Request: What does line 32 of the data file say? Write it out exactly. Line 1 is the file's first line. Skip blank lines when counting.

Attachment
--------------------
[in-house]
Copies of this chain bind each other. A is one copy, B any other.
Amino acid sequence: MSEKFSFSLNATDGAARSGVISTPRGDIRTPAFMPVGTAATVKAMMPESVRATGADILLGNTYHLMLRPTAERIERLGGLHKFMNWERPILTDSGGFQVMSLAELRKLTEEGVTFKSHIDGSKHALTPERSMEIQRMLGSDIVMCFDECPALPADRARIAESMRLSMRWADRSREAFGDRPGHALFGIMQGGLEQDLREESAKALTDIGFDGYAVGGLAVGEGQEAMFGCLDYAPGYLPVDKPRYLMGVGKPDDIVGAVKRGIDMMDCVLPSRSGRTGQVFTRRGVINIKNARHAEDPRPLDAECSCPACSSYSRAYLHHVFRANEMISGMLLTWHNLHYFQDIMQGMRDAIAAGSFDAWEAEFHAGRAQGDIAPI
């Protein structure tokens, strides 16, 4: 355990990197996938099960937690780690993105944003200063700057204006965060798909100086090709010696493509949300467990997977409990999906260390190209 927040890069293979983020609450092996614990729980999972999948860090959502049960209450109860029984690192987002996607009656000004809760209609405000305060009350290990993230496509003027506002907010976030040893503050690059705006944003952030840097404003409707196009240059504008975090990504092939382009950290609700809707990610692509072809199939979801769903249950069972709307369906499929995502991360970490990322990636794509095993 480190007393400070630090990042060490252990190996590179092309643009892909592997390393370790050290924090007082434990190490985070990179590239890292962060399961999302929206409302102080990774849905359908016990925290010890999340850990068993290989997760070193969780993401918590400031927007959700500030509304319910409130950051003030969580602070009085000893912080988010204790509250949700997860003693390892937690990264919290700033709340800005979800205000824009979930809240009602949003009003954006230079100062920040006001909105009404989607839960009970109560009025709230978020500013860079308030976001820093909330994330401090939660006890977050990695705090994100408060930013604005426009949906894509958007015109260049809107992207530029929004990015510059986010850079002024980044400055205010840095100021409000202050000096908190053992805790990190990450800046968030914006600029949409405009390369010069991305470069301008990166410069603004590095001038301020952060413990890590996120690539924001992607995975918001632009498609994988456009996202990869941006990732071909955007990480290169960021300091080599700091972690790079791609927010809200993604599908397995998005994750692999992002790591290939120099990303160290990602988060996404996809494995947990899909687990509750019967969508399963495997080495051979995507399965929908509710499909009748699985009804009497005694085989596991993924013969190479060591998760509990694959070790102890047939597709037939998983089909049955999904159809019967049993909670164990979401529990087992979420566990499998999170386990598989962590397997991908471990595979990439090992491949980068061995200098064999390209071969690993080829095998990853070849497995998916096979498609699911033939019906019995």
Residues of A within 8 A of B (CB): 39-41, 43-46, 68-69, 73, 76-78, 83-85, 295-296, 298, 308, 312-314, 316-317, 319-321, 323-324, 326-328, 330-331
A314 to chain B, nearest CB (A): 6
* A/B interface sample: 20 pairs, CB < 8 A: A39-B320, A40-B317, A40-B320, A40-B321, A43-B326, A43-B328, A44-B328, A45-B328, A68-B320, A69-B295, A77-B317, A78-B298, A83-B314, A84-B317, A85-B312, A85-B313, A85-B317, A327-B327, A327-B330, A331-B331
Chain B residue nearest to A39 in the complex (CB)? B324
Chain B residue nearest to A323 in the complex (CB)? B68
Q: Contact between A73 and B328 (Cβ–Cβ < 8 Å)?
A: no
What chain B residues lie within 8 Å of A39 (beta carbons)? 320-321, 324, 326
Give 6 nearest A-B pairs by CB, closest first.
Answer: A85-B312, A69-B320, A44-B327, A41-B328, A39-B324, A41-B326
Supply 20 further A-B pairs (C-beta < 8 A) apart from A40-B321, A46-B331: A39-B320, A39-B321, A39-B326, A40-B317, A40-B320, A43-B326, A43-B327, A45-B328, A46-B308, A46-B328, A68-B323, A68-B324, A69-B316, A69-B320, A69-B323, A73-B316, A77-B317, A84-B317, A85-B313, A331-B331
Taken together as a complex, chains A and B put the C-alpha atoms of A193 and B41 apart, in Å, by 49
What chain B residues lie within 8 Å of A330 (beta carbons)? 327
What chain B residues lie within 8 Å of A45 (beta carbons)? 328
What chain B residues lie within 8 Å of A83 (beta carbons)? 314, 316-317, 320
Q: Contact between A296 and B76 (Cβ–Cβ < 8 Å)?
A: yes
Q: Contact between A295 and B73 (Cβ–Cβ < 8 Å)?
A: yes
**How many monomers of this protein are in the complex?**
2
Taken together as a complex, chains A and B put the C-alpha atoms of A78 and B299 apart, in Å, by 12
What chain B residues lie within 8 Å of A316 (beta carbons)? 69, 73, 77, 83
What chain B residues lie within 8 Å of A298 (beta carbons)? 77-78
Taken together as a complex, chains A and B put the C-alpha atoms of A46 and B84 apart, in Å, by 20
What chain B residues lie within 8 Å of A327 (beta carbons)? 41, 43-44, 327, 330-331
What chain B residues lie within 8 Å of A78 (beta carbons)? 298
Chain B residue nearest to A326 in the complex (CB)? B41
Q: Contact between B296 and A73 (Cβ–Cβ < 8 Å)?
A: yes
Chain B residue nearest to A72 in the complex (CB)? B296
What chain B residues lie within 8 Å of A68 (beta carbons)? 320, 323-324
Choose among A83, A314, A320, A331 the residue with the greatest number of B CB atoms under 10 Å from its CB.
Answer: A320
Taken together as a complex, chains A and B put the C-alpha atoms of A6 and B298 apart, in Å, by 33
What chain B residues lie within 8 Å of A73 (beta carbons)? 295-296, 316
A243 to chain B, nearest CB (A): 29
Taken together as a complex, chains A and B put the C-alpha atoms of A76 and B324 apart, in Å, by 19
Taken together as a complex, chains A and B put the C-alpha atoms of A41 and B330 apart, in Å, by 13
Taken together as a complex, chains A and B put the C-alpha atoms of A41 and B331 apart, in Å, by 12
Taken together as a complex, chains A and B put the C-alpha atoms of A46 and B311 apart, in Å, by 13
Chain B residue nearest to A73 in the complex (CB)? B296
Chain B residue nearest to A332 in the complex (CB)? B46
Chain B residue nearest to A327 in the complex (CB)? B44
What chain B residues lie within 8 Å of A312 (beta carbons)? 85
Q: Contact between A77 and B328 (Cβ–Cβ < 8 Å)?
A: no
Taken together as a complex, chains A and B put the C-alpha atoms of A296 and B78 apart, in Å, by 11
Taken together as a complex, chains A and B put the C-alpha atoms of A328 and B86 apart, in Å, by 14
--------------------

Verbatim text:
Chain B residue nearest to A326 in the complex (CB)? B41